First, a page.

The game allowed itself a denser and initially more awkward control scheme. Rainbows could be both walked along and broken over enemies, which meant a new player would often struggle just getting around the screen. The experience was not dissimilar to the first few outings with Gran Tourismo, spend pulling unintentional donuts around the track.
Like the driving game, with time the simplicity and single minded design of the control mechanism wins out. The player realises that it works this way for a reason, primarily to give them a more open and flexible play experience. After a while many of the familar bubble techniques can be performed with the rainbows and the player can deftly traverse the playfield.
Once this play scheme is proven to be a success Taito have then taken a leaf out of Nintendo’s book and turned their attention to replay-ability. Unseen in the playfield are levels of interaction that, once unearthed, make repeated plays essential to obtain a truely high score.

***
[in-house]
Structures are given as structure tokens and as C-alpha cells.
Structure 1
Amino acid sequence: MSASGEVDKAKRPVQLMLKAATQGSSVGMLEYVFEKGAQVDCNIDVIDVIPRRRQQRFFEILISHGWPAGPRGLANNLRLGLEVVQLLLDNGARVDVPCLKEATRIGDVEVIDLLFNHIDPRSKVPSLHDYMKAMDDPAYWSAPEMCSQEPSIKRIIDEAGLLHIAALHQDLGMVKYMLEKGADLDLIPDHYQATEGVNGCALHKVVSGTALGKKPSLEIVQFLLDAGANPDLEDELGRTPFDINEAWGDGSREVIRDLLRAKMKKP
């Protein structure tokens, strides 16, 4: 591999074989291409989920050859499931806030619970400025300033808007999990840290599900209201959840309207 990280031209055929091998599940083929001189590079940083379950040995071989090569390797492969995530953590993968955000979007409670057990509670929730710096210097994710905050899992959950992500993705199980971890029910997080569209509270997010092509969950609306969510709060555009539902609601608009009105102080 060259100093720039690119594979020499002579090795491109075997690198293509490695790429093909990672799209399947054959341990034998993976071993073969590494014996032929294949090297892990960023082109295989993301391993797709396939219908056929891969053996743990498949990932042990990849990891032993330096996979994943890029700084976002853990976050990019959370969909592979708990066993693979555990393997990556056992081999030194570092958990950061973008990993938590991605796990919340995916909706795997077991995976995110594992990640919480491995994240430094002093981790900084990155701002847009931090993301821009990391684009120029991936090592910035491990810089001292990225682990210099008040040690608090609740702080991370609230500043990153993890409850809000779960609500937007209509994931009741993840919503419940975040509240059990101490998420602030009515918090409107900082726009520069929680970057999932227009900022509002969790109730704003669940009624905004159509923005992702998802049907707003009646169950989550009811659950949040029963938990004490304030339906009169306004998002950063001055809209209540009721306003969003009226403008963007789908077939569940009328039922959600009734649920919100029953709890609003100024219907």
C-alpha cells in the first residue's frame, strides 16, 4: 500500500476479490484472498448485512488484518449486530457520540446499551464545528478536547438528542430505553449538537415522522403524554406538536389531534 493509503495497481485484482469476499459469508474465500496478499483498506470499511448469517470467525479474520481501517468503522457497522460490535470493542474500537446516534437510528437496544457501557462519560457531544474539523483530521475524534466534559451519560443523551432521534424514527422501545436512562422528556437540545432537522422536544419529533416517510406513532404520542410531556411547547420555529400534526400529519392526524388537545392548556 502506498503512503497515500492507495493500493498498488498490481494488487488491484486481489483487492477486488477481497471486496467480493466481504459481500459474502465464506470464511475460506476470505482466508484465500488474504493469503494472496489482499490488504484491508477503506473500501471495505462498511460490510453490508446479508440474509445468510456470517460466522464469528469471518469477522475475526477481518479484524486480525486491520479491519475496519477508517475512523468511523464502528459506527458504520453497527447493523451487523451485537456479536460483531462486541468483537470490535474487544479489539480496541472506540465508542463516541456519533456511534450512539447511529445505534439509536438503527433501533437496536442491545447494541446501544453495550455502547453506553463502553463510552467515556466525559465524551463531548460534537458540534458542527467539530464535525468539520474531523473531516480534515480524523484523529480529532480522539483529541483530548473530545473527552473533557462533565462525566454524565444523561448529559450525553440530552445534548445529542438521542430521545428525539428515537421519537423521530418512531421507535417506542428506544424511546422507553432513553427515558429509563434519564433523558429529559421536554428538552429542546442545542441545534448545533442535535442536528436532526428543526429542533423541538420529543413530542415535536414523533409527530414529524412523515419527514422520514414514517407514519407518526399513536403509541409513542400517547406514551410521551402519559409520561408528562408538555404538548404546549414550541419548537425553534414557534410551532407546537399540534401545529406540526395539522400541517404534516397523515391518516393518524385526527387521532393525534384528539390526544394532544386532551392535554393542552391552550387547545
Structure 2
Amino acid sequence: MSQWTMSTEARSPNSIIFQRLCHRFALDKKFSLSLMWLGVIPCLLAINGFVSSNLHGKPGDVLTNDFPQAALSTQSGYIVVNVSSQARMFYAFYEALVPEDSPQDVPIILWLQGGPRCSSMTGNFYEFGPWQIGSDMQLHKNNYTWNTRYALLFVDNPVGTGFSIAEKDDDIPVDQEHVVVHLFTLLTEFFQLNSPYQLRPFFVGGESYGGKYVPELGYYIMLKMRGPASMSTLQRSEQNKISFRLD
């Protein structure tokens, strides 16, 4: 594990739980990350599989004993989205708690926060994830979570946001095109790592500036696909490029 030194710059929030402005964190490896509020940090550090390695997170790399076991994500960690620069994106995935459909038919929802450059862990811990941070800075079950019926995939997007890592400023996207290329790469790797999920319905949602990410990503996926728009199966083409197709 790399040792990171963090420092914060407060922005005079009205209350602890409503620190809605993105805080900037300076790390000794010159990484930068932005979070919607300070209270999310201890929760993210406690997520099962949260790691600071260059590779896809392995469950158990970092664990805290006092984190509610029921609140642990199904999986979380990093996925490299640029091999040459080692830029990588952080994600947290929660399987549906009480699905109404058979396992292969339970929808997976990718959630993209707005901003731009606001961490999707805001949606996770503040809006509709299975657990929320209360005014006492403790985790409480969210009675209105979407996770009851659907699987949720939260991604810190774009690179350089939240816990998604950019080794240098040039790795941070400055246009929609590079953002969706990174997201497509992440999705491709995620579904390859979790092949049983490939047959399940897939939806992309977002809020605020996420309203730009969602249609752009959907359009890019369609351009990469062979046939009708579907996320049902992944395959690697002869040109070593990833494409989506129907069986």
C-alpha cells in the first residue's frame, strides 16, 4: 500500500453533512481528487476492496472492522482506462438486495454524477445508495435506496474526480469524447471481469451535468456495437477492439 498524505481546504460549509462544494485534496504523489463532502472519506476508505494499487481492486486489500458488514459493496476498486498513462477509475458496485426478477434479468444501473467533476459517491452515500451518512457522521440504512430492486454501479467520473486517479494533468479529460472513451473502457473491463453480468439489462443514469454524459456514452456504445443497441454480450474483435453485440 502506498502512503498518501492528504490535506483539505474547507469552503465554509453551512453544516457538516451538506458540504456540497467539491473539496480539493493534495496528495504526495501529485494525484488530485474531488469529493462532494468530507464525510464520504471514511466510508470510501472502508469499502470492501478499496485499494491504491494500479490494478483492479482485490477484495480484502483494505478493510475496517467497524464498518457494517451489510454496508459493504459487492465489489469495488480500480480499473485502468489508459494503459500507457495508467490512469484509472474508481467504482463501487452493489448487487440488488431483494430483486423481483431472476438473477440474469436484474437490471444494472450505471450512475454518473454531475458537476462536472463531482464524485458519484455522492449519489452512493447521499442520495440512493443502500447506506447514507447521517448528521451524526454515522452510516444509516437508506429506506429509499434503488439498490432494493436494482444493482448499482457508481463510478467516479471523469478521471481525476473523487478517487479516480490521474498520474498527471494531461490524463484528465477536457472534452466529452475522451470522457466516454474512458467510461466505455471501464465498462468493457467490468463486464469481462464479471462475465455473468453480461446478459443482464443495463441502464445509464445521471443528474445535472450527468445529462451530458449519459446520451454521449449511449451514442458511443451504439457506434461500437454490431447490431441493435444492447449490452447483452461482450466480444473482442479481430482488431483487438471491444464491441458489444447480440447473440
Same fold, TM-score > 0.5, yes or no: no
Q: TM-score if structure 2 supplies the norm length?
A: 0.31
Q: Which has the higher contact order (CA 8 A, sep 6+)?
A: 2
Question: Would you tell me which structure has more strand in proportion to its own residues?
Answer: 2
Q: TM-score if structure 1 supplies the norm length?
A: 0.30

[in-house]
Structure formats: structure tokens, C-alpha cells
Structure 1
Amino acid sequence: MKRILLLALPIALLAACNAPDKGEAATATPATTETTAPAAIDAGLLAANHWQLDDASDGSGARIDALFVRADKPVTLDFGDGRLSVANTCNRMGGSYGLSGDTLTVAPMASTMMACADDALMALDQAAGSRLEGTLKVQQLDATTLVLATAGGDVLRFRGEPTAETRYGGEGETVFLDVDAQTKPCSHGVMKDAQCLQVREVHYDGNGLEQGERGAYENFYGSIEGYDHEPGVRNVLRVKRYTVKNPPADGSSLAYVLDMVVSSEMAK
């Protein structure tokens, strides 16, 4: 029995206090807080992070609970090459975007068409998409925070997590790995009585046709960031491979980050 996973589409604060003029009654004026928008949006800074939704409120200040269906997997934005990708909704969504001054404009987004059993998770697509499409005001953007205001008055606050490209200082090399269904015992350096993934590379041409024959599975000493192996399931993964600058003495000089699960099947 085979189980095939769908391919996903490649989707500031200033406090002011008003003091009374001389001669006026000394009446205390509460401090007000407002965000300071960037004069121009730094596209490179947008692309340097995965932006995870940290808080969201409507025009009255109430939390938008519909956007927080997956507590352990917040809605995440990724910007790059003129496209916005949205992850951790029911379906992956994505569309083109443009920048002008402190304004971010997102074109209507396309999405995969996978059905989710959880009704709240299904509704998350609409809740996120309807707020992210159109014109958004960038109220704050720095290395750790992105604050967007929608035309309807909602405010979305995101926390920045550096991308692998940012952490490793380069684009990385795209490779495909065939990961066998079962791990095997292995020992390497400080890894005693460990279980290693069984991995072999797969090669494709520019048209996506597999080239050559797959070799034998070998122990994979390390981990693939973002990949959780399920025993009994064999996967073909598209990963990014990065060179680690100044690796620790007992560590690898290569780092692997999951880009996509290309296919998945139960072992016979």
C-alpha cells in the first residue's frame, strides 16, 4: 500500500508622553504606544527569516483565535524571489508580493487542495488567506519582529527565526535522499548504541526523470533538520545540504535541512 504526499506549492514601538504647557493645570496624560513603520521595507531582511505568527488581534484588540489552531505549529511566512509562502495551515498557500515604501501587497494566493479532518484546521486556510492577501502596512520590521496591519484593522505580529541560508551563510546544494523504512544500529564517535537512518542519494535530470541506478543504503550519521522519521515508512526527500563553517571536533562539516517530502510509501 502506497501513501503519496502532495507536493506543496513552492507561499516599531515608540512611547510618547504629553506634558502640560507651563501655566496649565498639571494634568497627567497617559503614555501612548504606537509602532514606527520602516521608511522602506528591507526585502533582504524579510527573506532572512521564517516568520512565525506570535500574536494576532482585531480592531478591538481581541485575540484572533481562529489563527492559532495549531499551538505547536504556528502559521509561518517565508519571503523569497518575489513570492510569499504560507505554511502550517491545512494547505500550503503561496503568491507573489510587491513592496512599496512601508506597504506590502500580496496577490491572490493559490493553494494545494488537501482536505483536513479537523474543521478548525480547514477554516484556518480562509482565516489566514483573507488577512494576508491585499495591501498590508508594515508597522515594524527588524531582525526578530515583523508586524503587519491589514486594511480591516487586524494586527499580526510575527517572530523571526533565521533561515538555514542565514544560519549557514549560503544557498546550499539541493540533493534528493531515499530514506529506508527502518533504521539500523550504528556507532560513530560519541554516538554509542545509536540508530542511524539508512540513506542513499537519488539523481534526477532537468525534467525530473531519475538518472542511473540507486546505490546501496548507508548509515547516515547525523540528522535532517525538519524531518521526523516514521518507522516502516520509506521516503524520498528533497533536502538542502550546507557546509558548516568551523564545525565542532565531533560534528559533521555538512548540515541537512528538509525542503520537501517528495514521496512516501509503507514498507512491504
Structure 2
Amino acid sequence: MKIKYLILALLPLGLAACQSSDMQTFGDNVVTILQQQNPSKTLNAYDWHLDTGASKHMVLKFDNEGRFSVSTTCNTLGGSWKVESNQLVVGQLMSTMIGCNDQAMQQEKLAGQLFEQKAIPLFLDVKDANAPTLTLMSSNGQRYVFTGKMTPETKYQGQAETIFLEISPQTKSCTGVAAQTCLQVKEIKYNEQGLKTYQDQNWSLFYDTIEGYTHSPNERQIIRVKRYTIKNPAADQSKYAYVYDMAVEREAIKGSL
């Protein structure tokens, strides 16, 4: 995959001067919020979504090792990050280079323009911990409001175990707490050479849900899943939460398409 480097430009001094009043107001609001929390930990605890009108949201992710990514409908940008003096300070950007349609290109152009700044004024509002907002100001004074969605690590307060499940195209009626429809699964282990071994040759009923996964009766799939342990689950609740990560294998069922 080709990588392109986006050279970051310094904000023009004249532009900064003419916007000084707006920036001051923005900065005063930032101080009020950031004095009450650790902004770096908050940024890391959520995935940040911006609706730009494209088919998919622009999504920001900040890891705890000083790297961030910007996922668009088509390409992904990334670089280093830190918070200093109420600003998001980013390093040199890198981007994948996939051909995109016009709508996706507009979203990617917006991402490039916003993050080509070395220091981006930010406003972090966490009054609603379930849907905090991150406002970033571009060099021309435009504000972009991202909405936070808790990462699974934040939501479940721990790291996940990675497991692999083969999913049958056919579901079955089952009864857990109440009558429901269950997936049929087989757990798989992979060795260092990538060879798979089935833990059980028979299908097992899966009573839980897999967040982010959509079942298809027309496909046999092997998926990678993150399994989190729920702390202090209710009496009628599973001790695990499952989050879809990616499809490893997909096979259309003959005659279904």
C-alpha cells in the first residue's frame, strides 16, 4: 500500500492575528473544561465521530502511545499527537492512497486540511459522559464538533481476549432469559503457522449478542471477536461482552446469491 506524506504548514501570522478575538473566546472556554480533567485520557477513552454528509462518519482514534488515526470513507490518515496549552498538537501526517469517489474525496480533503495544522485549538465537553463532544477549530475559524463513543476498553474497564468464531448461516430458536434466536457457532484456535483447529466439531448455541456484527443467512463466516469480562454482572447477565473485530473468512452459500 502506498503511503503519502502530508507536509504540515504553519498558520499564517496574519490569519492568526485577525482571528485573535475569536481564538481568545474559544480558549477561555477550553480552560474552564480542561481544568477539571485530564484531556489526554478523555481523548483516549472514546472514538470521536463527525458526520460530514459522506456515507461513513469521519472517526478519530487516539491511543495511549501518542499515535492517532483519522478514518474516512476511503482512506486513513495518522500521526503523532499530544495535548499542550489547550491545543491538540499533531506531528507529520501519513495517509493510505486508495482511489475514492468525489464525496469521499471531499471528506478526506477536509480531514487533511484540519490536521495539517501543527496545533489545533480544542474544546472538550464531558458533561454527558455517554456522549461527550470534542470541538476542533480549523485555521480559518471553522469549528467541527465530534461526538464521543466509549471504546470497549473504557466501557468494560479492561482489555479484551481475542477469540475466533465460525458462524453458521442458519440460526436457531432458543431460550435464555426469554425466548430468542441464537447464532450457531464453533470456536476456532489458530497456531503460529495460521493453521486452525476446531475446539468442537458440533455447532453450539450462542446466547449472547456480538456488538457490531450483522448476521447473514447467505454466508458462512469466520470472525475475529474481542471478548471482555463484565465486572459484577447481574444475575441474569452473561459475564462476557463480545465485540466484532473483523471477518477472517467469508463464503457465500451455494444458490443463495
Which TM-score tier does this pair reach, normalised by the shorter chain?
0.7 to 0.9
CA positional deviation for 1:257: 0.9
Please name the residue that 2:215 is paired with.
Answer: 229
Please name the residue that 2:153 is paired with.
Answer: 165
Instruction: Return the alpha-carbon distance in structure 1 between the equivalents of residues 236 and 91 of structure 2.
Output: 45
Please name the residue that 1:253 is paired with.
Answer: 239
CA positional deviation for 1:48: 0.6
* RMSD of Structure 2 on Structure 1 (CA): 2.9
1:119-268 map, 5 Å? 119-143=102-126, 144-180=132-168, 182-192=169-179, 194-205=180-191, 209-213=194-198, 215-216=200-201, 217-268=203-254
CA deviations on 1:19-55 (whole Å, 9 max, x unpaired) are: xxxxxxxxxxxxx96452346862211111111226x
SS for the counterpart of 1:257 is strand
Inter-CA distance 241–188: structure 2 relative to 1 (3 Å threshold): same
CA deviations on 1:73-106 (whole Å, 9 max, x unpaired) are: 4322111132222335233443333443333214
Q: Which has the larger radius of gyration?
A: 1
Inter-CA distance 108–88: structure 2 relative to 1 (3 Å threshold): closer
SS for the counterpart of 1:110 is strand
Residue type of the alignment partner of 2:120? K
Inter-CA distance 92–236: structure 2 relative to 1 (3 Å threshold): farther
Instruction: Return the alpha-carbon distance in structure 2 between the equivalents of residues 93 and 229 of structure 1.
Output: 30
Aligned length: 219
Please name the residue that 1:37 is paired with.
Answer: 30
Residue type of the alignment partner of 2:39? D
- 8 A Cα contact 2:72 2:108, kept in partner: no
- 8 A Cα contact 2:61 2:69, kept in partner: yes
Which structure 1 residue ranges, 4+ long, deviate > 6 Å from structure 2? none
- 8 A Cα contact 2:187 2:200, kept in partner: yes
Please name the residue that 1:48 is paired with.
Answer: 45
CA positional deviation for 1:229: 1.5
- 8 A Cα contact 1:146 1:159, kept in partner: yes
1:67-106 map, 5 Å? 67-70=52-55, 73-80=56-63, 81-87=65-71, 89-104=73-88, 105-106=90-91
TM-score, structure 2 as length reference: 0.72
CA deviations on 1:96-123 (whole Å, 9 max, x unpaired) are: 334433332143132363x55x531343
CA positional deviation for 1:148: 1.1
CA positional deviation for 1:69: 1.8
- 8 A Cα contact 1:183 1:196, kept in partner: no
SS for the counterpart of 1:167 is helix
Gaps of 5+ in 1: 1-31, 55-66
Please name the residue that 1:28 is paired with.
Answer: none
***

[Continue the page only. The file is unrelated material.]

Bonuses: In addition to bonus items awarded for each kill, the player soon discovers that each level is litterally strewn with hidden items that can be unearthed by dropping rainbows at ground level.
Power-ups: Much like bubble Bobble, there was a whole world of causal pipes delivering a complex hierarchy of power-ups.
Diamonds: The final stroke of genious, playing to the strength of their theme was the ability to collect rainbow coloured diamonds. Moreso once the player realises that the colours awarded can be controlled by a carefully placed kill, and that collecting them in order was the only way to finish the game proper.
These add up to a rich play experience, much as the levels of tuning and driving does in Gran Tourismo. And the genius of it all is that they exist in the background of the play, tempting mini-achievements that can be drawn on at will, but never intrude on the main mechanic of rotund-ex-dragon-hero and his rainbow.